Clearly, these reforms are major factors in Israel's economic performance, coupled with the reform of 1985, when hyperinflation was crushed after defense spending was slashed, food subsidies were abolished, price controls were imposed and monetary discipline was introduced.
Yet beyond these measures there are two overriding historic circumstances which, paradoxically, fed the Israeli boom and at the same time produced the Arab bust: minerals and immigration.
In its first years, Israel's wildest economic dream was that some day, like its neighbors, it too would find oil. Yet it never found commercial quantities of oil, or for that matter of any commodity, from gold and silver to lead and zinc. Heck, it didn't even have timber or water, and that's besides having been largely besieged and hopelessly minuscule. Meanwhile, the fledgling state was compelled to absorb tens of thousands of immigrants, many of them unskilled and almost all of them destitute.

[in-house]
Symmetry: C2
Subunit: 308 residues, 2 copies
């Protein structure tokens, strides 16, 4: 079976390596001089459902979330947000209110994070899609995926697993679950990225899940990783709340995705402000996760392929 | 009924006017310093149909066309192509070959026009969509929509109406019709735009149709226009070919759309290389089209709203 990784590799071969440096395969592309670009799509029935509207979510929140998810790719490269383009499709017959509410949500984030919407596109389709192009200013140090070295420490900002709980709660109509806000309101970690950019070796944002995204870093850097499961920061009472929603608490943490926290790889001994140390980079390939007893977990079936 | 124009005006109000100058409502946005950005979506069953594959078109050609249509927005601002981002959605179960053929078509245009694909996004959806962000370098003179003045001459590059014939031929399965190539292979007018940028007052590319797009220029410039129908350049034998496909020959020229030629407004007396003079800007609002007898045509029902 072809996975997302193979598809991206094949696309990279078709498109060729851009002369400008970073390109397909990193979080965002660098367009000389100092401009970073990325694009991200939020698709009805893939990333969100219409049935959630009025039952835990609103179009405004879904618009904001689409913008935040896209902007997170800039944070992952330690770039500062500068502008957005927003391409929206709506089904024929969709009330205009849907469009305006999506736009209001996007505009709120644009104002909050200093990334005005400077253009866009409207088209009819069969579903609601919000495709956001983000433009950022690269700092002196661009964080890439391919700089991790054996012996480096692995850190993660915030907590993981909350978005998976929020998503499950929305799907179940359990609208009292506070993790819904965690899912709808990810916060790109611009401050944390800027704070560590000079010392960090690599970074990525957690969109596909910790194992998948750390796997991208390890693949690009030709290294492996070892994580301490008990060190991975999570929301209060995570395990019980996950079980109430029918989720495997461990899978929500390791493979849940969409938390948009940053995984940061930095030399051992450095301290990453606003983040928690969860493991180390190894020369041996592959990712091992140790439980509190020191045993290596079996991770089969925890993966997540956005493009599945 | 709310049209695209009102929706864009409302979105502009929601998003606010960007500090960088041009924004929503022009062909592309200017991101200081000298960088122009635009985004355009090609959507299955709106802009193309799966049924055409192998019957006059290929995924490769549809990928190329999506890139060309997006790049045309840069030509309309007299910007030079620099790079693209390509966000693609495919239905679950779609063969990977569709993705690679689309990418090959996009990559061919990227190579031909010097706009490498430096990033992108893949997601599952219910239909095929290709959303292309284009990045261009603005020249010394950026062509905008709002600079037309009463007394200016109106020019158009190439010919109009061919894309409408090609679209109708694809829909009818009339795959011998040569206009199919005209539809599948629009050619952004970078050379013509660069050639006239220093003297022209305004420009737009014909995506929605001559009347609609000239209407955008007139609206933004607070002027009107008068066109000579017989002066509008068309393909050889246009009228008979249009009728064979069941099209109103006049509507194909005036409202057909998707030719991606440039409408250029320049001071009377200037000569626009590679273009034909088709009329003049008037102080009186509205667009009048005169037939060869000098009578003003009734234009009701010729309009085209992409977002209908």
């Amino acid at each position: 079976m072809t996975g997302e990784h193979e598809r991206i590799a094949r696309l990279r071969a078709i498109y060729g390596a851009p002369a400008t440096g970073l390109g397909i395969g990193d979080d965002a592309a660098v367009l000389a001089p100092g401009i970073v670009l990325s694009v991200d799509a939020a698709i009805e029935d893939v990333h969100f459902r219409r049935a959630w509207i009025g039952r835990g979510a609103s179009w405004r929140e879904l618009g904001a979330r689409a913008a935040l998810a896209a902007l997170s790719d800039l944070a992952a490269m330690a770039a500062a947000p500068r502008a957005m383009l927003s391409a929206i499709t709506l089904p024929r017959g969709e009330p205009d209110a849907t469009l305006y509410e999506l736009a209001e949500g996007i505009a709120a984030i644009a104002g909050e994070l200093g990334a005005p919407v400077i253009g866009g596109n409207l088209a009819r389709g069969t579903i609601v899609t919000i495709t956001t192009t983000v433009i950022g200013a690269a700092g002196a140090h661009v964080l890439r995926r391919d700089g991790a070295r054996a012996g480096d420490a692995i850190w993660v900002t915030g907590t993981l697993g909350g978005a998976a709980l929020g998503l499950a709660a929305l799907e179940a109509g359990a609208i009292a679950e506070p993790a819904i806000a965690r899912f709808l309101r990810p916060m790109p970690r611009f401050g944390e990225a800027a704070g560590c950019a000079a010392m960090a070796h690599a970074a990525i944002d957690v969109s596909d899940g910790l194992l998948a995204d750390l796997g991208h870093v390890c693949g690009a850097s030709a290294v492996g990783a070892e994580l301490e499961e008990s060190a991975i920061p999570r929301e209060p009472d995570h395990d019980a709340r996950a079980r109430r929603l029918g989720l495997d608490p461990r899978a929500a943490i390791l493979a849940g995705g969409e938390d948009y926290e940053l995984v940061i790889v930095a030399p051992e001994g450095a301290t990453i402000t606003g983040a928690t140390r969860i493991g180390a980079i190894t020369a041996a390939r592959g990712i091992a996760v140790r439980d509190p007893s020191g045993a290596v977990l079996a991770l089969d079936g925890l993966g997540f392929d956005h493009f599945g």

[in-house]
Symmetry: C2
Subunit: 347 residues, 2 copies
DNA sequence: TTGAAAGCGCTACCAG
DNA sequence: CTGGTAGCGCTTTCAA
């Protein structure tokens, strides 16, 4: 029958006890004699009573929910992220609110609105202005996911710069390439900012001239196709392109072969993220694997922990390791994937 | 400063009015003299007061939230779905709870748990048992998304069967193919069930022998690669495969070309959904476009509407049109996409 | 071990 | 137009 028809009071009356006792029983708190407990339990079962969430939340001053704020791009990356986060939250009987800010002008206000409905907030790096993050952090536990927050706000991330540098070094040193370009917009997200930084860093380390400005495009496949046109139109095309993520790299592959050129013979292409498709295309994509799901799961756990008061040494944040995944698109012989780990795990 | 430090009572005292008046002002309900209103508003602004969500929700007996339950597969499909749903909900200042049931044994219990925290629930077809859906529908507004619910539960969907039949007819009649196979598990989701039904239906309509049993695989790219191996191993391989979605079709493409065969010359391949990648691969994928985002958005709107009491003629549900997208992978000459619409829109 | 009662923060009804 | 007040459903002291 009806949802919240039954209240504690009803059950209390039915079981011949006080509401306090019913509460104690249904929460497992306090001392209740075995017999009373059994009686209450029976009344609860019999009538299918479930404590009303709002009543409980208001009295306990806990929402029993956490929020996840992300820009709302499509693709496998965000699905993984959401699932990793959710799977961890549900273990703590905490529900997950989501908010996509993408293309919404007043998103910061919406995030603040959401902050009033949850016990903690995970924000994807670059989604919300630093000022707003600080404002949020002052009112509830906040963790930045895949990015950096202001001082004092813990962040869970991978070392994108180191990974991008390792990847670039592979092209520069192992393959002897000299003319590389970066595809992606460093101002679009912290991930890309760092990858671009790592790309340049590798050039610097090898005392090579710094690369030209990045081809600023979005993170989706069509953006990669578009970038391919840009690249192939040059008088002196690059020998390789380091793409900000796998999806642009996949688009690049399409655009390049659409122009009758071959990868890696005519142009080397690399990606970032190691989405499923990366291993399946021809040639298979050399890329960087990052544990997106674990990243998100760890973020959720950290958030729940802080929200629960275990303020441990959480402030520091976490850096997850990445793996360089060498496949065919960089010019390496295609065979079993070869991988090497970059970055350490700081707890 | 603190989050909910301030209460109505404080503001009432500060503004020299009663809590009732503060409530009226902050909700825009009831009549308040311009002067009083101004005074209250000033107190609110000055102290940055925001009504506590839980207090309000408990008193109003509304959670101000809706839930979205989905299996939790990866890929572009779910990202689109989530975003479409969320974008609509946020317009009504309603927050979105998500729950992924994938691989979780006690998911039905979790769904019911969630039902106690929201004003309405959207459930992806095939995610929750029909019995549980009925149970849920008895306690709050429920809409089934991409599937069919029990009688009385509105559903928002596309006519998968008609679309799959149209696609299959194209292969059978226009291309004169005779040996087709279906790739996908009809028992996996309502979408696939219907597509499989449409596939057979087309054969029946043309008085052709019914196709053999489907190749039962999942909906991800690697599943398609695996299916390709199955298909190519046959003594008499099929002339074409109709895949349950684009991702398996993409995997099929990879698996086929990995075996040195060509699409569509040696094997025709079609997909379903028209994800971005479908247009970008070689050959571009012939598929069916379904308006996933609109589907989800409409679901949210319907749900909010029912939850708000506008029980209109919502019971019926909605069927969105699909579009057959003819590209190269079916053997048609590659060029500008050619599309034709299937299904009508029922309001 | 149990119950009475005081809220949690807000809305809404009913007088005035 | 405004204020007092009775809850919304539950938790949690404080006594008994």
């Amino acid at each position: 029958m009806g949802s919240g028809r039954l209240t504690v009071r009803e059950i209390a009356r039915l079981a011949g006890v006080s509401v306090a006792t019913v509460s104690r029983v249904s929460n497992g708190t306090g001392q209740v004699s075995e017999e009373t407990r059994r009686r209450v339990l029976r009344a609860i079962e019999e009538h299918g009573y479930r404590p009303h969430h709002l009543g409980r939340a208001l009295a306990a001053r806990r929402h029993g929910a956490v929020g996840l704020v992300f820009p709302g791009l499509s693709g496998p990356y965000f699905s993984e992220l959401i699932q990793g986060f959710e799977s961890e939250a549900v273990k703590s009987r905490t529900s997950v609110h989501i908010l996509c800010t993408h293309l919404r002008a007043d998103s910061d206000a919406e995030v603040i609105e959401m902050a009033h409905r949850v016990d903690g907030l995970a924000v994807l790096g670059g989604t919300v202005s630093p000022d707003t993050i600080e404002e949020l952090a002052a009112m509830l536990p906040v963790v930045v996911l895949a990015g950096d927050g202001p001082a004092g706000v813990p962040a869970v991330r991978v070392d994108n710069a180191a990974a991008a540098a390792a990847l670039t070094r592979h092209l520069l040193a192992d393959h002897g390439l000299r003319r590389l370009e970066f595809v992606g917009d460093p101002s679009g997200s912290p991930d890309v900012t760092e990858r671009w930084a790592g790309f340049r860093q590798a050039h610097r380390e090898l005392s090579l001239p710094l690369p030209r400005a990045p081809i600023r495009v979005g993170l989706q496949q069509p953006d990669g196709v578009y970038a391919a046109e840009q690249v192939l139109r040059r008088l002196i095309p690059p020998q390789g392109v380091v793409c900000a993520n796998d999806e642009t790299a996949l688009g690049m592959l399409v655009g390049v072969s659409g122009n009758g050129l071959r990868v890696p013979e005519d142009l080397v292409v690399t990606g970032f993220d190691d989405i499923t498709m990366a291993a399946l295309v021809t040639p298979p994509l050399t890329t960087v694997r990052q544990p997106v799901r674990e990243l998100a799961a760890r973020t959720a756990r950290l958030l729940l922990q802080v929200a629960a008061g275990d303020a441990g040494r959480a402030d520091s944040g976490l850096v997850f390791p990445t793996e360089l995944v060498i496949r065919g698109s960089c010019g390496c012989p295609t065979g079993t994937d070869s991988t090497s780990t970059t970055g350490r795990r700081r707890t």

As it turned out, Israel's lack of natural resources, like Japan's, was a blessing, as it forced the nation to seek wealth in human brains rather than natural resources. Eventually, reality proved the former more economically reliable than the latter. A by-product of this attitude was the realization that immigrants can be assets rather than liabilities.
Israel's current prosperity was also fueled by an immigration wave, the largest in its history. The arrival between 1989 and 2000 of some 1 million immigrants was the equivalent of more than 50 million newcomers landing in the US within a decade. Fortunately for Israel, by the time it faced this challenge, it had the wisdom to allow the markets to create the jobs, housing and education this population demanded, and thus see it dramatically accelerate the retail demand that many of us have grown accustomed to seeing while visiting any of our rapidly proliferating and perennially bustling shopping malls.